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The Indian SMS ban: lessons for South Africa

PRESS RELEASE
SOUTH AFRICA BULKSMS.COM
30 November 2011

By Dr Pieter Streicher, MD of BulkSMS.com

When Spanco, a power provider to the city of Nagpur in central India, was forced to start load shedding in October 2011 it was unable to send SMS notifications to the 225,000 customers who had provided their mobile numbers. According to an official from Spanco speaking to the Times of India, despite publicity about the load shedding many customers were still unaware of it and the company was inundated with calls from angry customers complaining about power cuts. In addition, the company was no longer able to send customers acknowledgements of bill payments or complaint reference numbers by SMS.

Similarly, the traffic police in the city of Chennai, on India’s east coast, were unable to alert residents about traffic jams, diversions and road closures by SMS anymore. At the tail end of monsoon season, people relied on the service to find out where the rain had closed roads and plan their journeys accordingly. The newly launched service had been sending people up to 20 free SMSs per day notifying them of traffic issues. It was so popular that within the first two weeks 12,000 people had registered to receive these SMS alerts.

Both these SMS services have been forced to a halt, to the detriment of the organisations and the recipients, as a result of a ruling by the Telecom Regulatory Authority of India (TRAI) limiting SMS sending to 100 SMSs per SIM per day. The ruling was passed in late September and was subsequently relaxed at the start of November to allow 200 SMSs per SIM per day.

The ruling was put in place with good intentions: to limit the large number of spam SMSs some 850 million Indian cell phone users receive every day. Unfortunately the impact of the ruling has also been to halt a number of useful and legitimate SMS alert services such as those mentioned above as well as alerts from schools, taxi operators and car rental agencies.

Registered telemarketers can continue sending SMSs via a specific prefix, and there are a number of types of SMS messages that have been exempted from the ban including directory services and transactional services. However, the state of affairs seems confusing, for example the Chennai City Traffic Police told the newspaper, The Hindu, it would need to apply to the TRAI for an exemption for its traffic.

As well as these consequences, enforcing the 200 SMS limit per SIM per day is problematic for mobile operators. Mechanisms had to be put in place by operators to monitor volumes and stop messages being sent once the daily limit was reached. It also meant that existing unlimited messaging contracts would be reneged on.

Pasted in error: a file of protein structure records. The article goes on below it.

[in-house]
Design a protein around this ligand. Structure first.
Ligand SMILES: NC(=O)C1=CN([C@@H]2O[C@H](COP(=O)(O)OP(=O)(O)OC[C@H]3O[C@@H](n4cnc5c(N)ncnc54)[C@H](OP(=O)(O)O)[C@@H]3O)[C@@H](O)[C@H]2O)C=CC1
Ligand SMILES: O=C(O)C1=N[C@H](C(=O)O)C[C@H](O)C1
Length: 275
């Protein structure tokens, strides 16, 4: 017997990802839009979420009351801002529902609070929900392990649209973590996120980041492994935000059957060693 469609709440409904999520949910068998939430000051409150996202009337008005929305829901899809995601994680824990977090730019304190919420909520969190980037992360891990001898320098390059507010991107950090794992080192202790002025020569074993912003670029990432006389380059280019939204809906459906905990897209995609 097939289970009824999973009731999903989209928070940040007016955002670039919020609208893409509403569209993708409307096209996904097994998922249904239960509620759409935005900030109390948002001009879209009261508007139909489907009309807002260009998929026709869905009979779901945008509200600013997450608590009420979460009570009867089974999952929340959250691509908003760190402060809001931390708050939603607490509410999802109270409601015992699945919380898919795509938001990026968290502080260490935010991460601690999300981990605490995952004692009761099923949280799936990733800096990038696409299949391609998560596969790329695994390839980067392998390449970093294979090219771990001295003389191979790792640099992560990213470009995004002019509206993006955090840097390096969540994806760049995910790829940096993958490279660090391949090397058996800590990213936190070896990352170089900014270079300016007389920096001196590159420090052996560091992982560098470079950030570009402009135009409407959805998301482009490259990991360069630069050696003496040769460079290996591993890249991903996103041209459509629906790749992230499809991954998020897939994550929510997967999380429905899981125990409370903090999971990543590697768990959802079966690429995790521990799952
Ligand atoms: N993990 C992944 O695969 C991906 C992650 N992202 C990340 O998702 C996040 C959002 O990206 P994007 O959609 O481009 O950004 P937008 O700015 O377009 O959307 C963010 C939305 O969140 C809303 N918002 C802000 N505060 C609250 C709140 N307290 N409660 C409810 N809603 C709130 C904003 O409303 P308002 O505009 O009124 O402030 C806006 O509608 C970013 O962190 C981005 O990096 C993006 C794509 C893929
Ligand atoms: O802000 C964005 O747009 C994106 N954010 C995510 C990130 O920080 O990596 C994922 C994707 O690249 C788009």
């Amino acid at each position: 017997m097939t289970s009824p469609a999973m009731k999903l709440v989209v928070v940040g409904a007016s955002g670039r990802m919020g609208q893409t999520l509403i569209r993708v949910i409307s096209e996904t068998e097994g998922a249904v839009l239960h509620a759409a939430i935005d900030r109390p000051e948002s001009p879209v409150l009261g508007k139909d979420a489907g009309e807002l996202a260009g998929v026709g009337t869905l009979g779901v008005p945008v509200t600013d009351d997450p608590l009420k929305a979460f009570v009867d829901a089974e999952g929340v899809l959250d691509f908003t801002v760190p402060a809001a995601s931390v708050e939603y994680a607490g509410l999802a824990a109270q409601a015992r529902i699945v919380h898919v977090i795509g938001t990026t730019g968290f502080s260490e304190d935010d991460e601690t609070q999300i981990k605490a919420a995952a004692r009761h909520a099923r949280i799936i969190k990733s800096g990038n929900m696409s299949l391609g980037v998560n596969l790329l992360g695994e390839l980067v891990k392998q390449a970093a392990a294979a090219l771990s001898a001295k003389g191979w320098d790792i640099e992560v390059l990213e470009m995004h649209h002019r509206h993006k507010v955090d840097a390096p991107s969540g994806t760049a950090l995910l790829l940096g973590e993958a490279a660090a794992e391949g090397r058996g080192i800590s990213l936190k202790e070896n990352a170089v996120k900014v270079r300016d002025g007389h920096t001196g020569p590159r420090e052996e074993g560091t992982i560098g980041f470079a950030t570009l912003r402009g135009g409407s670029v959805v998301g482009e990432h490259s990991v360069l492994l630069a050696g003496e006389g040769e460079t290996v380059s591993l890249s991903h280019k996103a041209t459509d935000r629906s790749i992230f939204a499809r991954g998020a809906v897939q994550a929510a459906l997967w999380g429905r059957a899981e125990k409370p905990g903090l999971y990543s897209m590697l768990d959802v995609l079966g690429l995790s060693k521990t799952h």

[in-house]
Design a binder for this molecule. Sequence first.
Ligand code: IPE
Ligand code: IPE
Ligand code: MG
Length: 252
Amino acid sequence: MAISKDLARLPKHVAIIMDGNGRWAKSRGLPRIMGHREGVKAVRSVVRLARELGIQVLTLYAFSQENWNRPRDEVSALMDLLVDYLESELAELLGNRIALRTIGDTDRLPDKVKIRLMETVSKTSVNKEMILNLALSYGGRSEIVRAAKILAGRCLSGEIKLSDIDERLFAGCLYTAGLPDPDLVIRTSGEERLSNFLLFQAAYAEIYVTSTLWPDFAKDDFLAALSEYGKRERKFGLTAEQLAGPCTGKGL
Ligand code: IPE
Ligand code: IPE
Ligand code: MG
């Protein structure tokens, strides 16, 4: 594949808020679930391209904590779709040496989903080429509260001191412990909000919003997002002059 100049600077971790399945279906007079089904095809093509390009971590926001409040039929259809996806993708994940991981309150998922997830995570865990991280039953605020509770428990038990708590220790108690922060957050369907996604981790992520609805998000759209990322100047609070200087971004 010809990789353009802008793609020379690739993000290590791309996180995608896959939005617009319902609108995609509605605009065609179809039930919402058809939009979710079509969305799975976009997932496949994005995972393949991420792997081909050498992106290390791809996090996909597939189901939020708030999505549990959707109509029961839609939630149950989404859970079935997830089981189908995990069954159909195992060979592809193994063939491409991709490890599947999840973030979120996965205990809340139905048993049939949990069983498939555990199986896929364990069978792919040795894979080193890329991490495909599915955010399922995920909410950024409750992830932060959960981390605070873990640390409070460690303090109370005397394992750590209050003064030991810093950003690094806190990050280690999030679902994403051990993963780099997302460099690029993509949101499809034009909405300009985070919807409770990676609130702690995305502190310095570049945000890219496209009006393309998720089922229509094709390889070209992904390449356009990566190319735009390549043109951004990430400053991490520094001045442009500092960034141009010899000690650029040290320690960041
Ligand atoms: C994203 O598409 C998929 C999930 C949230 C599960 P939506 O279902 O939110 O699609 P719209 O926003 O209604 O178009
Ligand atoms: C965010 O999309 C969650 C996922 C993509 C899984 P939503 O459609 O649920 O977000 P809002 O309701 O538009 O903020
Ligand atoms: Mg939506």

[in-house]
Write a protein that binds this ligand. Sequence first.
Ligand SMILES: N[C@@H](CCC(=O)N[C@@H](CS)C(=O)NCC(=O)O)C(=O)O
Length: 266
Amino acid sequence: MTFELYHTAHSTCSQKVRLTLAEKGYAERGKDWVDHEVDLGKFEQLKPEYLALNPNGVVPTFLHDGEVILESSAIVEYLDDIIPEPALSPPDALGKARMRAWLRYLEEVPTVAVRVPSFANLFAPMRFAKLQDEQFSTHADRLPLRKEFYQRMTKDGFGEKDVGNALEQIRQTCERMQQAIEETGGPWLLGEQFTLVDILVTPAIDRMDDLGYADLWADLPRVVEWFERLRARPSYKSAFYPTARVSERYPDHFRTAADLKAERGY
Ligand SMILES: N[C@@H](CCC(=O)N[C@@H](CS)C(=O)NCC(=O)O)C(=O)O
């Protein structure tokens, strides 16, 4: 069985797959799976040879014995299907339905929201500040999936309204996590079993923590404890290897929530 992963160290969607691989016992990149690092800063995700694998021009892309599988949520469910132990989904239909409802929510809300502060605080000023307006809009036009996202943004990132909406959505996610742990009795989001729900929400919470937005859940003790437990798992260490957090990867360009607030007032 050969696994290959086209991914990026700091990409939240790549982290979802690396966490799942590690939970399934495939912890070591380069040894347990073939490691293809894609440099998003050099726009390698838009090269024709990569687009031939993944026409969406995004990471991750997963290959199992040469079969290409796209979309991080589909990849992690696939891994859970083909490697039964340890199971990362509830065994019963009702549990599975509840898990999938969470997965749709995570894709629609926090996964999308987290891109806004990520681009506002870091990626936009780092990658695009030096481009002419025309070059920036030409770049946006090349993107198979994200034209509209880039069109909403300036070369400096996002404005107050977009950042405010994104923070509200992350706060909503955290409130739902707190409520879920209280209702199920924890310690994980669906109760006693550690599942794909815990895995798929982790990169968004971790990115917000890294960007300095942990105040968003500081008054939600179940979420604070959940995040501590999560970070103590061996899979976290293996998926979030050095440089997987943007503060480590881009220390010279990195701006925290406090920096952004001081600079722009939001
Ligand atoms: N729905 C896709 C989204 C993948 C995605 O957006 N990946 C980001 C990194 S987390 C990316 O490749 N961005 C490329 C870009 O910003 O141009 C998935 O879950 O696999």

The way TRAI has approached tackling unwanted direct marketing communications via SMS has not only had unintended consequences for people sending and receiving legitimate messages, it also unfortunately is not tackling the underlying reason for India having so much SMS spam.

The reason SMS spam has reached the same volumes in India that email spam has for the rest of us is because the country’s SMS rates are the lowest in the world. Before the ban, unlimited SMS packages cost Indian cellphone customers as little as 100 Rupees (around R16). In addition, companies can buy direct connection to the operators on a fixed cost basis – so the more messages they send, the cheaper the individual message cost.

A better approach

A preferable solution to the problem of SMS spam in India would firstly have been to move from an opt-out scenario to an opt-in scenario. Then the regulator should have raised the price of sending SMSs in India. One of the ways this could have been done is by introducing a termination charge to the SMS cost structure. This means that the operator that delivers the SMS to the end recipient is allowed to charge for terminating the message, and so the overall cost of sending an SMS would go up. To be effective as a deterrent against spam, the cost of SMS needs to increase enough to disrupt the economies and returns that make sending unwanted marketing messages worthwhile for the sender.

Another benefit of introducing a termination charge is that it would be possible to trace spam messages back to their source, and then levy the hefty fines that TRAI has already introduced for unsolicited communications.

This highlights just how essential it is to regulate SMS messaging for the benefits of both businesses and the general public, especially when it comes to transactional and emergency notifications. What the India case shows is how the increase in unwanted commercial messages can undermine legitimate business communications, especially for those entities sending emergency and transactional alerts to their customers. However, the way spam is tackled by the regulator should be carefully considered to avoid unnecessary fallout.

But this is also food for thought when it comes to how we are tackling SMS spam in South Africa. Here, we are currently grappling with issues such as how to set up a do-not-contact registry under the Consumer Protection Act; how strong to make the Protection of Personal Information Bill when it comes to people opting into marketing communications from companies; and whether allowing cross-network application-to-person SMS between incumbent and new operators will increase or reduce SMS spam. In considering these points, South African regulators and the WASP industry can draw lessons from India and the way in which TRAI tried to regulate the sending of commercial SMS messages.